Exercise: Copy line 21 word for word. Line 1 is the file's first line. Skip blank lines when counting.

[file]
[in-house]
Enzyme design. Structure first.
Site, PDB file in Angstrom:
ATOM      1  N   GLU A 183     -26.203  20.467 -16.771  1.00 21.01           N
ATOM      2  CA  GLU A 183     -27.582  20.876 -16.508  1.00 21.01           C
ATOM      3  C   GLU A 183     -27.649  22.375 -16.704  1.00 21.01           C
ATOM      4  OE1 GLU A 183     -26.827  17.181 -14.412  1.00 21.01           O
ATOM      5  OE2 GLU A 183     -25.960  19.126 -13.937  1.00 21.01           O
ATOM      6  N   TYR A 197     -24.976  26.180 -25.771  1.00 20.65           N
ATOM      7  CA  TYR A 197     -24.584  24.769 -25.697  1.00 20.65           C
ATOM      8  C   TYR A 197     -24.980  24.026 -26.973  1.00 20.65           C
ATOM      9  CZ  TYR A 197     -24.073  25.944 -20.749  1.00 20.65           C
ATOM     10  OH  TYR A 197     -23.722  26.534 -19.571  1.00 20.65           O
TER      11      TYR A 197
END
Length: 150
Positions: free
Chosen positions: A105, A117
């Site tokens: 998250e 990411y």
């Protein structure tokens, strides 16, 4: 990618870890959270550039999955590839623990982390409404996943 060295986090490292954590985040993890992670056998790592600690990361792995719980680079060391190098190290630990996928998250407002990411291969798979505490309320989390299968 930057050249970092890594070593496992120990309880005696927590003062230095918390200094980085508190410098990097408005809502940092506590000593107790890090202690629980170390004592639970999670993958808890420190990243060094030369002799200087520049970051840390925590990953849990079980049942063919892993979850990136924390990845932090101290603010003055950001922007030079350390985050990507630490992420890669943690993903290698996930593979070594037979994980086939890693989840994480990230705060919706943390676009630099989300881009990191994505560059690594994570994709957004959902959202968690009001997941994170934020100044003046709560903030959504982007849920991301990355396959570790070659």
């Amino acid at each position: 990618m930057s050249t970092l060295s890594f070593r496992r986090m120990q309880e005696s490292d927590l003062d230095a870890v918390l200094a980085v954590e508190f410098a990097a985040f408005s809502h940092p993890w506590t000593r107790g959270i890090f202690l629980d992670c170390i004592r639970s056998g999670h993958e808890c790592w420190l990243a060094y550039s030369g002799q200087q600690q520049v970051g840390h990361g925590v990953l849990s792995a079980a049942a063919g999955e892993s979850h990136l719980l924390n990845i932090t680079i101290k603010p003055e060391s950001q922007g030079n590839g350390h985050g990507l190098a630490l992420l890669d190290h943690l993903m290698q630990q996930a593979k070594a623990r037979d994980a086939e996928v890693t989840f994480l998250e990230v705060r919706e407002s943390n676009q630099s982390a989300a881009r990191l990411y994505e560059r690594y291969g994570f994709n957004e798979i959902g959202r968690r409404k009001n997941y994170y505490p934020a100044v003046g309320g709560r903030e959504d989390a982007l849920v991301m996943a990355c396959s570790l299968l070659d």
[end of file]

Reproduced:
């Amino acid at each position: 990618m930057s050249t970092l060295s890594f070593r496992r986090m120990q309880e005696s490292d927590l003062d230095a870890v918390l200094a980085v954590e508190f410098a990097a985040f408005s809502h940092p993890w506590t000593r107790g959270i890090f202690l629980d992670c170390i004592r639970s056998g999670h993958e808890c790592w420190l990243a060094y550039s030369g002799q200087q600690q520049v970051g840390h990361g925590v990953l849990s792995a079980a049942a063919g999955e892993s979850h990136l719980l924390n990845i932090t680079i101290k603010p003055e060391s950001q922007g030079n590839g350390h985050g990507l190098a630490l992420l890669d190290h943690l993903m290698q630990q996930a593979k070594a623990r037979d994980a086939e996928v890693t989840f994480l998250e990230v705060r919706e407002s943390n676009q630099s982390a989300a881009r990191l990411y994505e560059r690594y291969g994570f994709n957004e798979i959902g959202r968690r409404k009001n997941y994170y505490p934020a100044v003046g309320g709560r903030e959504d989390a982007l849920v991301m996943a990355c396959s570790l299968l070659d």